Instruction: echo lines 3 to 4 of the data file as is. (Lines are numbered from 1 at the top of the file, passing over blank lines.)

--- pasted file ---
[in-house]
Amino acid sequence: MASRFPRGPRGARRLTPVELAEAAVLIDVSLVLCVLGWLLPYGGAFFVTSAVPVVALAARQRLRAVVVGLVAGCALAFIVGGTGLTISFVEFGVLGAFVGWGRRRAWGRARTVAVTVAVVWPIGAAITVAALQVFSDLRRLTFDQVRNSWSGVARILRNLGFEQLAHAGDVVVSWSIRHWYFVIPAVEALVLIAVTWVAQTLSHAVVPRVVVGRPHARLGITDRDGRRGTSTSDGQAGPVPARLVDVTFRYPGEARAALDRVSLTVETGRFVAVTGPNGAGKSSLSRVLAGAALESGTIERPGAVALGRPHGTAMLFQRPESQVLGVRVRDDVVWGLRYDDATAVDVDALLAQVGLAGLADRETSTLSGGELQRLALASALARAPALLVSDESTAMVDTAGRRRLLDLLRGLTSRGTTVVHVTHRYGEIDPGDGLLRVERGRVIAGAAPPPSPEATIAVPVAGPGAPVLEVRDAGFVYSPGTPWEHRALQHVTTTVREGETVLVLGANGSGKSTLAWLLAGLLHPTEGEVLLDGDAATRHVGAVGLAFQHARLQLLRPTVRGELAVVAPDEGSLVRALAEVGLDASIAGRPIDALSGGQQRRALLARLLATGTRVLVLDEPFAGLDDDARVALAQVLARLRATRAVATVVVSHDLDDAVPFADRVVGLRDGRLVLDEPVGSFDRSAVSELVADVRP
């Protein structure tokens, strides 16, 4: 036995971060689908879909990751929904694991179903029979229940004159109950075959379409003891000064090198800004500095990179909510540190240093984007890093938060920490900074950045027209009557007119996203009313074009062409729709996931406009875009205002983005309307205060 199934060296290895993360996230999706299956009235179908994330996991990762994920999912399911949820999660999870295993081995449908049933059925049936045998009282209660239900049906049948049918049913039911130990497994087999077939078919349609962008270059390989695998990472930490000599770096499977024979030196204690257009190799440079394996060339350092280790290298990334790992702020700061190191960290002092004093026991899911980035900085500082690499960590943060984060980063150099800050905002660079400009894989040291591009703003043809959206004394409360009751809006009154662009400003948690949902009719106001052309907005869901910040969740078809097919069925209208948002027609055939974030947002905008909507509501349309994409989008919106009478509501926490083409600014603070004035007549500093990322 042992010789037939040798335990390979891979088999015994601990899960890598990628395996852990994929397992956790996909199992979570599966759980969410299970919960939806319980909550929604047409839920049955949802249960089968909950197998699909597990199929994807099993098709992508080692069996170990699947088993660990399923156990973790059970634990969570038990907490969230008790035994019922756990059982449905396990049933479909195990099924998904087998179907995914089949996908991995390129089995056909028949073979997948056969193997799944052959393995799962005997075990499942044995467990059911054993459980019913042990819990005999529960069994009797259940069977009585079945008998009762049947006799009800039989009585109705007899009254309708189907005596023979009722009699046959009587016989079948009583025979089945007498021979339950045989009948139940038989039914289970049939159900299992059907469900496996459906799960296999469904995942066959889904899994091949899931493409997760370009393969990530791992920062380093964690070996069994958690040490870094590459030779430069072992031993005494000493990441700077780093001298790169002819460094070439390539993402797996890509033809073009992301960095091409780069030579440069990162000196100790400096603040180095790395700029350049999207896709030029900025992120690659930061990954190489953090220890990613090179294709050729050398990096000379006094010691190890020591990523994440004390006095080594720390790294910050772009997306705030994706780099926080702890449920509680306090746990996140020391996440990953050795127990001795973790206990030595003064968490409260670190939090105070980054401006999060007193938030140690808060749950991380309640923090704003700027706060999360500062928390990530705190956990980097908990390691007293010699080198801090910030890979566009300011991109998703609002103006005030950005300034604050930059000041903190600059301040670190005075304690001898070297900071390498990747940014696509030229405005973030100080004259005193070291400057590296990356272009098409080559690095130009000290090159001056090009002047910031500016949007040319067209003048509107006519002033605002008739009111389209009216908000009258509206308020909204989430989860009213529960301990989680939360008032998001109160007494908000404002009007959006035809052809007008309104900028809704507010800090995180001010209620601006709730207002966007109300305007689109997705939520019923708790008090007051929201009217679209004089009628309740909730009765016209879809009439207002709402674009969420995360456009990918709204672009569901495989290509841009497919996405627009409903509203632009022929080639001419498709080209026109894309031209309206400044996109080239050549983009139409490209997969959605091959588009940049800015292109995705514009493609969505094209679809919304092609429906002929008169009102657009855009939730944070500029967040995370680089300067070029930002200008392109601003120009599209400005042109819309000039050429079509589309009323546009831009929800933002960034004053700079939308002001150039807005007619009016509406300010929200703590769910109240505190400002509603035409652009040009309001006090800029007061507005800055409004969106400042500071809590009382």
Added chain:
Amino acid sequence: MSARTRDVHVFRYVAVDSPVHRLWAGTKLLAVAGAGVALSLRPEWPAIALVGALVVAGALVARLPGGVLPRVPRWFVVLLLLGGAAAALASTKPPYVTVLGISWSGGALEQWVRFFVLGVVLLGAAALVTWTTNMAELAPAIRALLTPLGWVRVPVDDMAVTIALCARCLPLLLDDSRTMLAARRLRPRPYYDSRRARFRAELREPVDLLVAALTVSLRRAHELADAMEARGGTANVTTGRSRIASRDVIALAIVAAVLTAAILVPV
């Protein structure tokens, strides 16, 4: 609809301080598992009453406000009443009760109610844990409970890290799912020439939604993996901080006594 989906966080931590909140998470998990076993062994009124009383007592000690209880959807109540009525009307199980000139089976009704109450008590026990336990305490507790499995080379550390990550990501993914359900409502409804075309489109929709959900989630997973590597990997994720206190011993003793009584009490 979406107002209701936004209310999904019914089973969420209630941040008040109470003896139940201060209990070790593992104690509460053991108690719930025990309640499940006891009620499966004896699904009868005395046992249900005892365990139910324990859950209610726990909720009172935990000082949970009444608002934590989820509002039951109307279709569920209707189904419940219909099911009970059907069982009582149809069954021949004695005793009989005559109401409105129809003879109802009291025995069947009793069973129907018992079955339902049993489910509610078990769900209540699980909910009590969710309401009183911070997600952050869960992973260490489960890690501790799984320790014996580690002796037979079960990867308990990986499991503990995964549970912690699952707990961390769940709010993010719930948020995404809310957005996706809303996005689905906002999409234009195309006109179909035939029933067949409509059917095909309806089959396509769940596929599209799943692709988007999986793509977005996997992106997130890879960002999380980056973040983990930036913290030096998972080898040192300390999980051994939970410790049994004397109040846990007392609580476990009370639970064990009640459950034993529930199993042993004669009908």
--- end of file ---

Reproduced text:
């Protein structure tokens, strides 16, 4: 036995971060689908879909990751929904694991179903029979229940004159109950075959379409003891000064090198800004500095990179909510540190240093984007890093938060920490900074950045027209009557007119996203009313074009062409729709996931406009875009205002983005309307205060 199934060296290895993360996230999706299956009235179908994330996991990762994920999912399911949820999660999870295993081995449908049933059925049936045998009282209660239900049906049948049918049913039911130990497994087999077939078919349609962008270059390989695998990472930490000599770096499977024979030196204690257009190799440079394996060339350092280790290298990334790992702020700061190191960290002092004093026991899911980035900085500082690499960590943060984060980063150099800050905002660079400009894989040291591009703003043809959206004394409360009751809006009154662009400003948690949902009719106001052309907005869901910040969740078809097919069925209208948002027609055939974030947002905008909507509501349309994409989008919106009478509501926490083409600014603070004035007549500093990322 042992010789037939040798335990390979891979088999015994601990899960890598990628395996852990994929397992956790996909199992979570599966759980969410299970919960939806319980909550929604047409839920049955949802249960089968909950197998699909597990199929994807099993098709992508080692069996170990699947088993660990399923156990973790059970634990969570038990907490969230008790035994019922756990059982449905396990049933479909195990099924998904087998179907995914089949996908991995390129089995056909028949073979997948056969193997799944052959393995799962005997075990499942044995467990059911054993459980019913042990819990005999529960069994009797259940069977009585079945008998009762049947006799009800039989009585109705007899009254309708189907005596023979009722009699046959009587016989079948009583025979089945007498021979339950045989009948139940038989039914289970049939159900299992059907469900496996459906799960296999469904995942066959889904899994091949899931493409997760370009393969990530791992920062380093964690070996069994958690040490870094590459030779430069072992031993005494000493990441700077780093001298790169002819460094070439390539993402797996890509033809073009992301960095091409780069030579440069990162000196100790400096603040180095790395700029350049999207896709030029900025992120690659930061990954190489953090220890990613090179294709050729050398990096000379006094010691190890020591990523994440004390006095080594720390790294910050772009997306705030994706780099926080702890449920509680306090746990996140020391996440990953050795127990001795973790206990030595003064968490409260670190939090105070980054401006999060007193938030140690808060749950991380309640923090704003700027706060999360500062928390990530705190956990980097908990390691007293010699080198801090910030890979566009300011991109998703609002103006005030950005300034604050930059000041903190600059301040670190005075304690001898070297900071390498990747940014696509030229405005973030100080004259005193070291400057590296990356272009098409080559690095130009000290090159001056090009002047910031500016949007040319067209003048509107006519002033605002008739009111389209009216908000009258509206308020909204989430989860009213529960301990989680939360008032998001109160007494908000404002009007959006035809052809007008309104900028809704507010800090995180001010209620601006709730207002966007109300305007689109997705939520019923708790008090007051929201009217679209004089009628309740909730009765016209879809009439207002709402674009969420995360456009990918709204672009569901495989290509841009497919996405627009409903509203632009022929080639001419498709080209026109894309031209309206400044996109080239050549983009139409490209997969959605091959588009940049800015292109995705514009493609969505094209679809919304092609429906002929008169009102657009855009939730944070500029967040995370680089300067070029930002200008392109601003120009599209400005042109819309000039050429079509589309009323546009831009929800933002960034004053700079939308002001150039807005007619009016509406300010929200703590769910109240505190400002509603035409652009040009309001006090800029007061507005800055409004969106400042500071809590009382």
Added chain: